Fraction F2 from above was dissolved in 6M urea, 10 mM NaCl, 1 mM NEM, 50 mM sodium acetate, pH 4.8 and centrifuged at 10,000 rpm for 5 min. The supernatant was fractionated on a CM52 (a commercially available CMC) column equilibrated in the same buffer. The column was eluted using a 10 mM to 400 mM NaCl gradient in the same buffer, and fractions collected and combined based on their absorbance at 280 nm as shown in FIG. 2. The eluate between 50-250 mM NaCl was dialyzed against 6 changes of 110 volumes of deionized water for 4 days and lyophilized. All of the foregoing operations were conducted at room temperature except dialysis (4° C.). The lyophilized eluate is a partially purified OFE according to the definition herein.
The fraction F2 representing low molecular weight proteins was dissolved in buffer containing 6M urea, 20 mM sodium phosphate, pH 7.2, 20 mM NaCl, and protease inhibitors. The solution was then run over a DEAE cellulose column equilibrated with the same buffer. The flow-through fraction, which contains the OF, was dialyzed against water to remove urea, and the OFE recovered by lyophilization. Alternatively, the flow-through volume was dialyzed against 0.01 NHCl, and stored in 0.01 NHCl at a protein concentration of 1-10 mg/ml. The foregoing solution was stable over a period of several months. The lyophilized or unlyophilized dialyzates are partially purified OFE according to the definition herein.
Non-fibrillar collagen may be provided in commercial form by utilizing Zygen®, collagen in solution (CIS) which is commercially available. This is an atelopeptide form of solubilized collagen having a pH of approximately 2.
To prepare a composition containing only non-fibrillar collagen in admixture with the partially purified OFE, CIS at 1-3 mg/ml in 0.01N HCl was mixed with partially purified OFE (by anion exchange treatment, as described above) also dissolved in 0.01N HCl to give an amount of approximately 2.5% in the final composition, and stirred for 1-2 hr at 4° C. The mixture was dialyzed against water and then lyophilized.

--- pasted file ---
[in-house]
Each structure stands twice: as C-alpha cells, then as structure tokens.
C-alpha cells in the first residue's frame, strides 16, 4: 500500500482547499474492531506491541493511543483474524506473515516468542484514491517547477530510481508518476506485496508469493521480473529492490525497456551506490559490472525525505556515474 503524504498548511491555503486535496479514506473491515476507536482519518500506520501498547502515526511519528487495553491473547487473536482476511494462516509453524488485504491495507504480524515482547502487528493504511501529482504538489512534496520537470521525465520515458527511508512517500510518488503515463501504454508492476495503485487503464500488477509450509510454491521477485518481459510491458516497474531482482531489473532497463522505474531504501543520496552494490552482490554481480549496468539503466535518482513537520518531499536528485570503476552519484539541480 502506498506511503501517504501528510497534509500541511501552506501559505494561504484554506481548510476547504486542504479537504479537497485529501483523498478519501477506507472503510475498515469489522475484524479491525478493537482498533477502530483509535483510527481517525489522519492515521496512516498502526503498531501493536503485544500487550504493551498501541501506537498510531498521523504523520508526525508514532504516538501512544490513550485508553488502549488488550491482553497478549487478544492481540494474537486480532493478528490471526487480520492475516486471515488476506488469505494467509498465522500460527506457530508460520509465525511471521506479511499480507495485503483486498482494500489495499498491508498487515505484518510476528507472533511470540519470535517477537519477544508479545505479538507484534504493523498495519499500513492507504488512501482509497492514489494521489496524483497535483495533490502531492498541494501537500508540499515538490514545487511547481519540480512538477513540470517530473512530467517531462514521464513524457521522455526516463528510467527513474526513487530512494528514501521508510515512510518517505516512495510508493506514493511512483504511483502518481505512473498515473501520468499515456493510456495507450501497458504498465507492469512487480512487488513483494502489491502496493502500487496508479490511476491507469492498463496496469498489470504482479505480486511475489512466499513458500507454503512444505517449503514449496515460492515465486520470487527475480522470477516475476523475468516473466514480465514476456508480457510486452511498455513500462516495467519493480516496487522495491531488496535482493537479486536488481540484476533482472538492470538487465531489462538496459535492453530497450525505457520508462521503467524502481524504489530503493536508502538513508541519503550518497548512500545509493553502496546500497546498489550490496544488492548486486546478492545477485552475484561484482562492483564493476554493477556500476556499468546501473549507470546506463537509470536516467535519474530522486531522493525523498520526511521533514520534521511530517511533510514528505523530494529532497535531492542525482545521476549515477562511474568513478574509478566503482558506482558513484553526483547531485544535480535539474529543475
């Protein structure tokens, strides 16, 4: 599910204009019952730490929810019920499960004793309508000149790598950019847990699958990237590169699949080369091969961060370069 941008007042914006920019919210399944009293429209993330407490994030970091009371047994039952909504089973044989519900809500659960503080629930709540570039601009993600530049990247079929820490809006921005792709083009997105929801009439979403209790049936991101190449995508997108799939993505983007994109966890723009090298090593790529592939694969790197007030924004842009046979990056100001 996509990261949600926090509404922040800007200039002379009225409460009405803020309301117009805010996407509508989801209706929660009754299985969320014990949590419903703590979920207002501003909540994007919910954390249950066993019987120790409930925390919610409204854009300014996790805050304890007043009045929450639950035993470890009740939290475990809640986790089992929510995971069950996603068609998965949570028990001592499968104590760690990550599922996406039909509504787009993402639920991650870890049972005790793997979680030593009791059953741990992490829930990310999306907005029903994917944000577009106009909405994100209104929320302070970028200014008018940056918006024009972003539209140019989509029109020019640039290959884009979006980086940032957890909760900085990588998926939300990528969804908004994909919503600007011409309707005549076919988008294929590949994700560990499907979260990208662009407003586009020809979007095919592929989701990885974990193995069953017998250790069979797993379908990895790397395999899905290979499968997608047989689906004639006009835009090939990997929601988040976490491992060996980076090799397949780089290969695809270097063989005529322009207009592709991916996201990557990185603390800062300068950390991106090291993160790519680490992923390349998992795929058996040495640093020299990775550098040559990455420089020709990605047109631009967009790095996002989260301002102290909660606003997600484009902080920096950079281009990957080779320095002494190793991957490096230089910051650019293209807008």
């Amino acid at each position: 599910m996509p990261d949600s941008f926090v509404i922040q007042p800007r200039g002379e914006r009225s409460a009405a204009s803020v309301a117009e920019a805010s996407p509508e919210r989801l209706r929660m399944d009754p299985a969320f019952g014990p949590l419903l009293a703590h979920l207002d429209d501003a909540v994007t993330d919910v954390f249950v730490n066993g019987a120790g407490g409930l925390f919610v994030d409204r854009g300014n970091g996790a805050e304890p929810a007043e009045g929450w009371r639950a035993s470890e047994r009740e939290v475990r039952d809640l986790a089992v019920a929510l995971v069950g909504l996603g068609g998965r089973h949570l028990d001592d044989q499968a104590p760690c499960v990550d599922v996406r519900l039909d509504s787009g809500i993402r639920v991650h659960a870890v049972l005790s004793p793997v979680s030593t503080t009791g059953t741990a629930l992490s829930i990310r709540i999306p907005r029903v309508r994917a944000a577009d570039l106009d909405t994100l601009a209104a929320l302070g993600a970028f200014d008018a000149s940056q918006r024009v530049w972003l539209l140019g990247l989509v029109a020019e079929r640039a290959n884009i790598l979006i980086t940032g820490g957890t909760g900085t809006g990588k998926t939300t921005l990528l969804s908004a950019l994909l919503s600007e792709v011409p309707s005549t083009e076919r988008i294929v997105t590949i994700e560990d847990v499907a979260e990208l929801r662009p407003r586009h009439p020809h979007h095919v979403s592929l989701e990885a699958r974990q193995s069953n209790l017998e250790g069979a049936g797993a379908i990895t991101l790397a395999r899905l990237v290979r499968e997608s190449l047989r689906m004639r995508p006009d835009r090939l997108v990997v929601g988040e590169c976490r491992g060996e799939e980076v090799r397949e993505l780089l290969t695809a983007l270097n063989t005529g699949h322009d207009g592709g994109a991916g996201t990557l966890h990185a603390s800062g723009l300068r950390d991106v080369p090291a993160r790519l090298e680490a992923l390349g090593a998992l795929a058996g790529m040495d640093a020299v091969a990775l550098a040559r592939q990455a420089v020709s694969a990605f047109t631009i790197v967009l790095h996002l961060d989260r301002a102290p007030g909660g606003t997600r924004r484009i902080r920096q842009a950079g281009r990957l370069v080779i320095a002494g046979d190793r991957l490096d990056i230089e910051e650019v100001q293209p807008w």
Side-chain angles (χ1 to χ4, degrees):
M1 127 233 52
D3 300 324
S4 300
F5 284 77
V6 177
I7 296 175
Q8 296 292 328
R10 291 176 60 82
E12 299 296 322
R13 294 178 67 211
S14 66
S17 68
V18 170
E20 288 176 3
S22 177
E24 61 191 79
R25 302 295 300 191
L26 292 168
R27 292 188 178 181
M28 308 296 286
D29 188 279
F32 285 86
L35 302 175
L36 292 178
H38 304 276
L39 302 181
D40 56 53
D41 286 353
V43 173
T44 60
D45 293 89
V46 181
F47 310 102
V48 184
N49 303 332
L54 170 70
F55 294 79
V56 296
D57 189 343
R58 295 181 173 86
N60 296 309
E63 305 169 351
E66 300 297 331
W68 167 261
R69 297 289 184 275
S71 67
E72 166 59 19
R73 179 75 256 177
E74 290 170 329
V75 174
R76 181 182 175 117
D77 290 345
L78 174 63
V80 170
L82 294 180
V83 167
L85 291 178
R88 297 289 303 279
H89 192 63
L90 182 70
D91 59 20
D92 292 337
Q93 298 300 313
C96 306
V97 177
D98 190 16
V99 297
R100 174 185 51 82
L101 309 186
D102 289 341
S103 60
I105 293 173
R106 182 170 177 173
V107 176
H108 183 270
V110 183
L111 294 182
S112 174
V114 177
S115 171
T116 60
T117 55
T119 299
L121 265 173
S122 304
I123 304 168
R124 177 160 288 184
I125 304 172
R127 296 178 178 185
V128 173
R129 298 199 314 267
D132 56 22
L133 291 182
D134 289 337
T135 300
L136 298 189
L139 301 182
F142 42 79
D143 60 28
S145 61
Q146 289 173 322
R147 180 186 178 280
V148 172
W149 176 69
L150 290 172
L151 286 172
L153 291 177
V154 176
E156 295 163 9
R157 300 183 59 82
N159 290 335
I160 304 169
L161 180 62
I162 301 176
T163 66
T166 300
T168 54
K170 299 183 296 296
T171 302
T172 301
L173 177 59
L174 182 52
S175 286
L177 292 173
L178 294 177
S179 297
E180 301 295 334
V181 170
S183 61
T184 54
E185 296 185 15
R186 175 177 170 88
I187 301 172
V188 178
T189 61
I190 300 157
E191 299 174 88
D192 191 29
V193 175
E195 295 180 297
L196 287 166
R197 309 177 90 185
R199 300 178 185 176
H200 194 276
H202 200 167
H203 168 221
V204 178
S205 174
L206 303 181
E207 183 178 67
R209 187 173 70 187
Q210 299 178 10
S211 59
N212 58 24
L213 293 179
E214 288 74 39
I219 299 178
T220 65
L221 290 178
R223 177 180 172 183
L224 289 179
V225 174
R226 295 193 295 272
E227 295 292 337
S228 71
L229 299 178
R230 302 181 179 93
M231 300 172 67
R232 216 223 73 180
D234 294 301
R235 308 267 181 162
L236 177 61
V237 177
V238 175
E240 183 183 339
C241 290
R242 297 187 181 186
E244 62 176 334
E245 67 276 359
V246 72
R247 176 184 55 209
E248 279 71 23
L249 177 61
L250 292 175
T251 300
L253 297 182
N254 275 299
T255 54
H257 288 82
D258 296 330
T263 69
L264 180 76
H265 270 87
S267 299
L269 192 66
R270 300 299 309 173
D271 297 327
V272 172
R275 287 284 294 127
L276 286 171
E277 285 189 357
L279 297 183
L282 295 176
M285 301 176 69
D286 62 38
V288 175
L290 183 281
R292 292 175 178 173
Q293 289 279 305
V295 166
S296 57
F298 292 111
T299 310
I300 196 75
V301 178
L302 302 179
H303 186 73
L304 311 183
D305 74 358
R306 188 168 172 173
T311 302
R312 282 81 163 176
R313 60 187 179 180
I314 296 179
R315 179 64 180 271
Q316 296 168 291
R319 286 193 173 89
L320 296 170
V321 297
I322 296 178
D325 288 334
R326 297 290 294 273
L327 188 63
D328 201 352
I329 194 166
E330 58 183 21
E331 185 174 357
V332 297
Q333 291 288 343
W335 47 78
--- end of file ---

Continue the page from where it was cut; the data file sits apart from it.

To prepare a composition containing only a small percentage of non-fibrillar collagen, CIS at a concentration of 1-3 mg/ml was mixed with bone collagen powder (BCP) (prepared as described in U.S. Ser. No. 752,447 (supra), incorporated herein by reference) to give a final concentration of collagen contributed by CIS as 5% by weight of total collagen. To this mixture was added OFE, partially purified by anion exchange resin treatment as set forth above, to give 2.5% of the total composition as OFE by weight on a solids basis. This mixture was stirred to 1-2 hr at 4° C., dialyzed against water and lyophilized.
The lyophilized materials prepared in B of Example 2 were rehydrated in 2 parts by weight of sterile water. The rehydrated materials were made into pellets weighing approximately 80-100 mg wet. The pellets were put into gelatin capsules and the capsules implanted subcutaneously in the ventral thoracic region of male rats. Each rat received two implants of the same material on lateral sides, and explants for testing were removed at 14 and 28 days. The explants were assayed by histology, by assay for alkaline phosphatase activity and for metal ions, and for cartilage proteoglycans.
The sera of the implanted rats were also examined for circulating antibodies against the implants.
Sera were removed from the implanted animals after 28 days, and assayed for the presence of antibodies against the implanted material using an enzyme linked immunosobent assay (ELISA) technique; Microtiter wells were coated with 2-5 g of each of the components of the composition in 20 mM carbonate buffer (100 1) pH 9.6 at 4° C. overnight. The wells were washed 3 times with PBS containing 0.05% Tween 20 surfactant so as to remove unbound antigen. The rat sera were then added for 2 hr at room temperature, and the wells washed 3 times with PBS-Tween 20 surfactant. Goat anti-rat IgG conjugated with horseradish peroxidase (1:2000 dilution) was added, and the wells incubated for 1.5-2 hr at room temperature. Unbound labeled antibody was then removed with PBS-Tween 20 with surfactant, and peroxidase substrate was added. The plates were incubated at room temperature for 30 min, and the plates then scanned for optical density.